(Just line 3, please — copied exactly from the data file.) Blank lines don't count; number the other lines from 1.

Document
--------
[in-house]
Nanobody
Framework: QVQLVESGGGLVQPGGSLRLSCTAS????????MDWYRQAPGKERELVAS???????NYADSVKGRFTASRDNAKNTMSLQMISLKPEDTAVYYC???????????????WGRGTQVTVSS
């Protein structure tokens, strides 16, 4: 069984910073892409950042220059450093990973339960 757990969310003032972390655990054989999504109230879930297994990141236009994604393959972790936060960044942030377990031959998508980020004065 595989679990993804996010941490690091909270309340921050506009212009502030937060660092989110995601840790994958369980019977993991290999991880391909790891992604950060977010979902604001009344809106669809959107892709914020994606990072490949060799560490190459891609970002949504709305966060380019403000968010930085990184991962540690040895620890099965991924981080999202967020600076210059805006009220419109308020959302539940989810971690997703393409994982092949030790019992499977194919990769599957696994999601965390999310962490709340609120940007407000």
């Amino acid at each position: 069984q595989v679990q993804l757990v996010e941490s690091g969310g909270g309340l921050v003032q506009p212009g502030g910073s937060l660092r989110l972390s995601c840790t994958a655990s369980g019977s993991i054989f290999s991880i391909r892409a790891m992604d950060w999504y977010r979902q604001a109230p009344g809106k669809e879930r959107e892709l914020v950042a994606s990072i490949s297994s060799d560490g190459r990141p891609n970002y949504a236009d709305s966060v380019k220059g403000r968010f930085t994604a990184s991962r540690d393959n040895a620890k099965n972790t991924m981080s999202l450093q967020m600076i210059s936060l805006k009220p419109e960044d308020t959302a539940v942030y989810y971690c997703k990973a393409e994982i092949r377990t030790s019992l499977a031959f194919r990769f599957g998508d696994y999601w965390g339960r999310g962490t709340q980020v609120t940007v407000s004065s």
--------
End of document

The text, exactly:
Framework: QVQLVESGGGLVQPGGSLRLSCTAS????????MDWYRQAPGKERELVAS???????NYADSVKGRFTASRDNAKNTMSLQMISLKPEDTAVYYC???????????????WGRGTQVTVSS